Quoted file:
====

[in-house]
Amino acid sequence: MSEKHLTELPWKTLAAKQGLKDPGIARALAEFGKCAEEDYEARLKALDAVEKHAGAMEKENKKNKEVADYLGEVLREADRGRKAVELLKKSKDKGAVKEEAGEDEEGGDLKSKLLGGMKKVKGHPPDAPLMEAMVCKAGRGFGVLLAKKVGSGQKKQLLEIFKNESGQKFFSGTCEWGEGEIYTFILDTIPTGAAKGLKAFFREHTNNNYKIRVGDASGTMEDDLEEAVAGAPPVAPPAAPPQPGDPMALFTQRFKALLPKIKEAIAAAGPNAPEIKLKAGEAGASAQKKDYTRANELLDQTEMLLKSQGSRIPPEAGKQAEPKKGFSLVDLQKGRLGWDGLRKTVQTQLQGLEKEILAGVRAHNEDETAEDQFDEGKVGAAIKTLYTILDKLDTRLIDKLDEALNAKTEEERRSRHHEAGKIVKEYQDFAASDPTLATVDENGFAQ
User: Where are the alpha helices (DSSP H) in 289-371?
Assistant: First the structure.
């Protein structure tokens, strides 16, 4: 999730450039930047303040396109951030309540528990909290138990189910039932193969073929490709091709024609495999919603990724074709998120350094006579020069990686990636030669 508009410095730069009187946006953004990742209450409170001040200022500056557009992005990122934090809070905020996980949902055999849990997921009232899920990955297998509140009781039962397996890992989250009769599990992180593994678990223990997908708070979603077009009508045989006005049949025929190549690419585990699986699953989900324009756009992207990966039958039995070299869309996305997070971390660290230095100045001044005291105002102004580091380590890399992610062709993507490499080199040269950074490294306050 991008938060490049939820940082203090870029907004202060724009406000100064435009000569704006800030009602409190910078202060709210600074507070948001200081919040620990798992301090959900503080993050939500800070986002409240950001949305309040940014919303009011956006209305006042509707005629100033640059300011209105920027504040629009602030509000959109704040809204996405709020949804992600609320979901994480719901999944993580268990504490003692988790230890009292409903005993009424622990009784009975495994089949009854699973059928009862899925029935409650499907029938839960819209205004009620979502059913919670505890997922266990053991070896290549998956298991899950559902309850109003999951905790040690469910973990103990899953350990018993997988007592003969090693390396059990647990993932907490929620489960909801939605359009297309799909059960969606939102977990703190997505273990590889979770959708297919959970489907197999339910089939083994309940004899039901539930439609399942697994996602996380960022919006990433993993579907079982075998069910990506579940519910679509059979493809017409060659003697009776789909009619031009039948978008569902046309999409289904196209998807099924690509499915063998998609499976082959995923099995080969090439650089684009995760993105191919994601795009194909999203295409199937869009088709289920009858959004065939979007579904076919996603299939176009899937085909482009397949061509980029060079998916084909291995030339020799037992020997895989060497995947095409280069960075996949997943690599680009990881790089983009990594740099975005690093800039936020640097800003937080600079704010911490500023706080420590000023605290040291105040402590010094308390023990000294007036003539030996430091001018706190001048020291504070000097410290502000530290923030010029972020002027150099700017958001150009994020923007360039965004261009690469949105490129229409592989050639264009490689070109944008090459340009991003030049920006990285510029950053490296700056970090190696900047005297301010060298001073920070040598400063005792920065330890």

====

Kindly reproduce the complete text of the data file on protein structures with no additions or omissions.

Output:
[in-house]
Amino acid sequence: MSEKHLTELPWKTLAAKQGLKDPGIARALAEFGKCAEEDYEARLKALDAVEKHAGAMEKENKKNKEVADYLGEVLREADRGRKAVELLKKSKDKGAVKEEAGEDEEGGDLKSKLLGGMKKVKGHPPDAPLMEAMVCKAGRGFGVLLAKKVGSGQKKQLLEIFKNESGQKFFSGTCEWGEGEIYTFILDTIPTGAAKGLKAFFREHTNNNYKIRVGDASGTMEDDLEEAVAGAPPVAPPAAPPQPGDPMALFTQRFKALLPKIKEAIAAAGPNAPEIKLKAGEAGASAQKKDYTRANELLDQTEMLLKSQGSRIPPEAGKQAEPKKGFSLVDLQKGRLGWDGLRKTVQTQLQGLEKEILAGVRAHNEDETAEDQFDEGKVGAAIKTLYTILDKLDTRLIDKLDEALNAKTEEERRSRHHEAGKIVKEYQDFAASDPTLATVDENGFAQ
User: Where are the alpha helices (DSSP H) in 289-371?
Assistant: First the structure.
């Protein structure tokens, strides 16, 4: 999730450039930047303040396109951030309540528990909290138990189910039932193969073929490709091709024609495999919603990724074709998120350094006579020069990686990636030669 508009410095730069009187946006953004990742209450409170001040200022500056557009992005990122934090809070905020996980949902055999849990997921009232899920990955297998509140009781039962397996890992989250009769599990992180593994678990223990997908708070979603077009009508045989006005049949025929190549690419585990699986699953989900324009756009992207990966039958039995070299869309996305997070971390660290230095100045001044005291105002102004580091380590890399992610062709993507490499080199040269950074490294306050 991008938060490049939820940082203090870029907004202060724009406000100064435009000569704006800030009602409190910078202060709210600074507070948001200081919040620990798992301090959900503080993050939500800070986002409240950001949305309040940014919303009011956006209305006042509707005629100033640059300011209105920027504040629009602030509000959109704040809204996405709020949804992600609320979901994480719901999944993580268990504490003692988790230890009292409903005993009424622990009784009975495994089949009854699973059928009862899925029935409650499907029938839960819209205004009620979502059913919670505890997922266990053991070896290549998956298991899950559902309850109003999951905790040690469910973990103990899953350990018993997988007592003969090693390396059990647990993932907490929620489960909801939605359009297309799909059960969606939102977990703190997505273990590889979770959708297919959970489907197999339910089939083994309940004899039901539930439609399942697994996602996380960022919006990433993993579907079982075998069910990506579940519910679509059979493809017409060659003697009776789909009619031009039948978008569902046309999409289904196209998807099924690509499915063998998609499976082959995923099995080969090439650089684009995760993105191919994601795009194909999203295409199937869009088709289920009858959004065939979007579904076919996603299939176009899937085909482009397949061509980029060079998916084909291995030339020799037992020997895989060497995947095409280069960075996949997943690599680009990881790089983009990594740099975005690093800039936020640097800003937080600079704010911490500023706080420590000023605290040291105040402590010094308390023990000294007036003539030996430091001018706190001048020291504070000097410290502000530290923030010029972020002027150099700017958001150009994020923007360039965004261009690469949105490129229409592989050639264009490689070109944008090459340009991003030049920006990285510029950053490296700056970090190696900047005297301010060298001073920070040598400063005792920065330890």